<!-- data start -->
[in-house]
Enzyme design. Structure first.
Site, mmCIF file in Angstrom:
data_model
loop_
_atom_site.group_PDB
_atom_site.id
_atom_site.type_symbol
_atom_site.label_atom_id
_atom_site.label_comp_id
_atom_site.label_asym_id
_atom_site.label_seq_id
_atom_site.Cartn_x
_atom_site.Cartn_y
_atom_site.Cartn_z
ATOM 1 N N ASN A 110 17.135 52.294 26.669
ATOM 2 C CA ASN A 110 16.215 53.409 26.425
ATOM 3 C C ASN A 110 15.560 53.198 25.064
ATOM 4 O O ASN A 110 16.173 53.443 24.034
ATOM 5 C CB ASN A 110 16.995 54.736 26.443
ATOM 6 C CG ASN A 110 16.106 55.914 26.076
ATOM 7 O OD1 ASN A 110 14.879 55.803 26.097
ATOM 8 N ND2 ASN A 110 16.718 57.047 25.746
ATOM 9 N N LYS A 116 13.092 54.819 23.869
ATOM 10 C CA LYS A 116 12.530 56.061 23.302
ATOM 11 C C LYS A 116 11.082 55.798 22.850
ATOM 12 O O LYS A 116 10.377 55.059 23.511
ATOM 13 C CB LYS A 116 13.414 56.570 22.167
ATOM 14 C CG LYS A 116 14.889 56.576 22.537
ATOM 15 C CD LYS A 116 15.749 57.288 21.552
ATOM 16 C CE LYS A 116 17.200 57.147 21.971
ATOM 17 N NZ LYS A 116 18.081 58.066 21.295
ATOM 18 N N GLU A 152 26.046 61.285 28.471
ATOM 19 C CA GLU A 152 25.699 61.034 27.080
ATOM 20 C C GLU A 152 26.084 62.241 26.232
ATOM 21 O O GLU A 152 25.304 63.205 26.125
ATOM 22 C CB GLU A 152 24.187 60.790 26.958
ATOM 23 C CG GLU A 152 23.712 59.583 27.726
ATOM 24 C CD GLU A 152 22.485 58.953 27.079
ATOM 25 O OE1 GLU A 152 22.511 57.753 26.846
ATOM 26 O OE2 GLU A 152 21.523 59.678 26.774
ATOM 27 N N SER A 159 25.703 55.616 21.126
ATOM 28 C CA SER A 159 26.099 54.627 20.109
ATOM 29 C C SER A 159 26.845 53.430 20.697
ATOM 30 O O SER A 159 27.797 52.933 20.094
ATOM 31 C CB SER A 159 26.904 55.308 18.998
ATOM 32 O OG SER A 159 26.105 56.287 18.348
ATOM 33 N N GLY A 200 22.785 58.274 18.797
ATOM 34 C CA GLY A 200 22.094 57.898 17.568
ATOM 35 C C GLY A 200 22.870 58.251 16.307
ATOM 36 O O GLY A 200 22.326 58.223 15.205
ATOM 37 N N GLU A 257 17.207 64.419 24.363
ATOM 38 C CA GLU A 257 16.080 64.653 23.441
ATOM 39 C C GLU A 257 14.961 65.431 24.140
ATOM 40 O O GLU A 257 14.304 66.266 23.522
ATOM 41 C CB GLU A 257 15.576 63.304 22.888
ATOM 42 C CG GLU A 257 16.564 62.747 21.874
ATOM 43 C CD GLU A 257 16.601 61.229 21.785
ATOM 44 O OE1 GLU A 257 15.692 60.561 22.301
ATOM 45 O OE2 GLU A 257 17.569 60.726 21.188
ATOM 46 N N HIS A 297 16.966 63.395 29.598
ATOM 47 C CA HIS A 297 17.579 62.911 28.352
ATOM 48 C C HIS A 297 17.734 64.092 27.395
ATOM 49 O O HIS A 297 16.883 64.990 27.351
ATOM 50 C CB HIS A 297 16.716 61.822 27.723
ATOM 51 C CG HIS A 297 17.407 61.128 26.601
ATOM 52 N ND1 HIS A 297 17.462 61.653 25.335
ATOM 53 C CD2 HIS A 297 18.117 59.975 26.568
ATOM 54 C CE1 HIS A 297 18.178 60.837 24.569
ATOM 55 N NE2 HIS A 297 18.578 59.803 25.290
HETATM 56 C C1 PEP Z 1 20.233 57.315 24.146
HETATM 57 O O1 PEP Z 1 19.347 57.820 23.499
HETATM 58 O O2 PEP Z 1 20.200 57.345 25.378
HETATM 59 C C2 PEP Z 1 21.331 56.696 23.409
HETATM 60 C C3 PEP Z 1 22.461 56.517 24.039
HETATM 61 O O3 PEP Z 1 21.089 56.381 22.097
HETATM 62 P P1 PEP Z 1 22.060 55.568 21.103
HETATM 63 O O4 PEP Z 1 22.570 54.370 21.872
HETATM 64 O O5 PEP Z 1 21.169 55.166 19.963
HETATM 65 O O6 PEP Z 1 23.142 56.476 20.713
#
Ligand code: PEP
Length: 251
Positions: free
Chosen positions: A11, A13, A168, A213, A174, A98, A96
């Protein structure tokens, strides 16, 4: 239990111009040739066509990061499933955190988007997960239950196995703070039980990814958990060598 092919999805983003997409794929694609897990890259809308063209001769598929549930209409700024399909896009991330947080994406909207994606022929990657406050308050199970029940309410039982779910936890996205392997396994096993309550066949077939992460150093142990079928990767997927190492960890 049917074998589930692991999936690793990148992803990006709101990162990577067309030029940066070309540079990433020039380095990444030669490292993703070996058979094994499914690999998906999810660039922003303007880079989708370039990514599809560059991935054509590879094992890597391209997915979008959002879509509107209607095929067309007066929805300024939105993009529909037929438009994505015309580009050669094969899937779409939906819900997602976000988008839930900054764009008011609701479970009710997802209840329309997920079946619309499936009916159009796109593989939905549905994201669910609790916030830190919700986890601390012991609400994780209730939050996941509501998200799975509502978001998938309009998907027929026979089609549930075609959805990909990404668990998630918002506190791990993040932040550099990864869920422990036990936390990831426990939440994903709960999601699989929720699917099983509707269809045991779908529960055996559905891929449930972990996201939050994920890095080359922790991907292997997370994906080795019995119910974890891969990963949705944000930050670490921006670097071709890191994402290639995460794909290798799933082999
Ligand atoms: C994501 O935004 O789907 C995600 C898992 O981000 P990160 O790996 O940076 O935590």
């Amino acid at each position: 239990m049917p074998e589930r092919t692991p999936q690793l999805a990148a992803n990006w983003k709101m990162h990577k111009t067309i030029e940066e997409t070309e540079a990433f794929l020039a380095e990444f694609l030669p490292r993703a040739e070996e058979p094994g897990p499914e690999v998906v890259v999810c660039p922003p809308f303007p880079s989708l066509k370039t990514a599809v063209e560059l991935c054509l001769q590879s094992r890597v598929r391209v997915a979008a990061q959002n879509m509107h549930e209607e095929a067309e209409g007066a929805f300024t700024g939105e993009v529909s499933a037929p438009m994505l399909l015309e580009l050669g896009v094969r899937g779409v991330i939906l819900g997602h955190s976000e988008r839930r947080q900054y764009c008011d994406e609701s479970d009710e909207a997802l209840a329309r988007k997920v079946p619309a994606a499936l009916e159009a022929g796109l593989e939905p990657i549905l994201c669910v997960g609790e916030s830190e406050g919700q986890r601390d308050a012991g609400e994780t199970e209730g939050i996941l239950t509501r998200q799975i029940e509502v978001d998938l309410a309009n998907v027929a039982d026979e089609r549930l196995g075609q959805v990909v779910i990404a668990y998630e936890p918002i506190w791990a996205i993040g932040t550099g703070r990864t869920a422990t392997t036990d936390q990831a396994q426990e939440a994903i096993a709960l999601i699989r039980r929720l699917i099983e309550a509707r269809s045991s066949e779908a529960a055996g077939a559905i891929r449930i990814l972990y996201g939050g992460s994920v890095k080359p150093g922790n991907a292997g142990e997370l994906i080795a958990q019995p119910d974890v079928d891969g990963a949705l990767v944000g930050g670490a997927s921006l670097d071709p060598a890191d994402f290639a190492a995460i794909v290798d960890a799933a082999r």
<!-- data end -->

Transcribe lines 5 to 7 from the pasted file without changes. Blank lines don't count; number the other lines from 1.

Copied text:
loop_
_atom_site.group_PDB
_atom_site.id